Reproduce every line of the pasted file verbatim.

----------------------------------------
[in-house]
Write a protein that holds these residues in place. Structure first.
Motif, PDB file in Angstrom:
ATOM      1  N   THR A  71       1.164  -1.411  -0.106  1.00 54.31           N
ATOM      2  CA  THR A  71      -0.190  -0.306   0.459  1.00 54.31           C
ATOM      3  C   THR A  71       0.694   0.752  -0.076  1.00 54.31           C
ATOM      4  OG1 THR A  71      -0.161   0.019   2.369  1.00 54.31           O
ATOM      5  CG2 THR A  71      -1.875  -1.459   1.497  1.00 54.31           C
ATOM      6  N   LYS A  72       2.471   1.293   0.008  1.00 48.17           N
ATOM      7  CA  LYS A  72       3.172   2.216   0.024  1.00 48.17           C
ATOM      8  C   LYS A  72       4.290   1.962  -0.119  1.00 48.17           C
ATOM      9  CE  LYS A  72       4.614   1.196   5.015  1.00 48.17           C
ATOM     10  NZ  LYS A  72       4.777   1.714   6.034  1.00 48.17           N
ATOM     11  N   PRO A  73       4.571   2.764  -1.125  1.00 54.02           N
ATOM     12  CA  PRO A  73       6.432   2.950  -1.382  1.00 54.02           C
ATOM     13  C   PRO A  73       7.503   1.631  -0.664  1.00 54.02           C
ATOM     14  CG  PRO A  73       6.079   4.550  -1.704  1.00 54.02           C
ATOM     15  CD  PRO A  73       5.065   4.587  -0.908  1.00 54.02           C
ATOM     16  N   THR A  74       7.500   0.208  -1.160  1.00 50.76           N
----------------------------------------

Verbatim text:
[in-house]
Write a protein that holds these residues in place. Structure first.
Motif, PDB file in Angstrom:
ATOM      1  N   THR A  71       1.164  -1.411  -0.106  1.00 54.31           N
ATOM      2  CA  THR A  71      -0.190  -0.306   0.459  1.00 54.31           C
ATOM      3  C   THR A  71       0.694   0.752  -0.076  1.00 54.31           C
ATOM      4  OG1 THR A  71      -0.161   0.019   2.369  1.00 54.31           O
ATOM      5  CG2 THR A  71      -1.875  -1.459   1.497  1.00 54.31           C
ATOM      6  N   LYS A  72       2.471   1.293   0.008  1.00 48.17           N
ATOM      7  CA  LYS A  72       3.172   2.216   0.024  1.00 48.17           C
ATOM      8  C   LYS A  72       4.290   1.962  -0.119  1.00 48.17           C
ATOM      9  CE  LYS A  72       4.614   1.196   5.015  1.00 48.17           C
ATOM     10  NZ  LYS A  72       4.777   1.714   6.034  1.00 48.17           N
ATOM     11  N   PRO A  73       4.571   2.764  -1.125  1.00 54.02           N
ATOM     12  CA  PRO A  73       6.432   2.950  -1.382  1.00 54.02           C
ATOM     13  C   PRO A  73       7.503   1.631  -0.664  1.00 54.02           C
ATOM     14  CG  PRO A  73       6.079   4.550  -1.704  1.00 54.02           C
ATOM     15  CD  PRO A  73       5.065   4.587  -0.908  1.00 54.02           C
ATOM     16  N   THR A  74       7.500   0.208  -1.160  1.00 50.76           N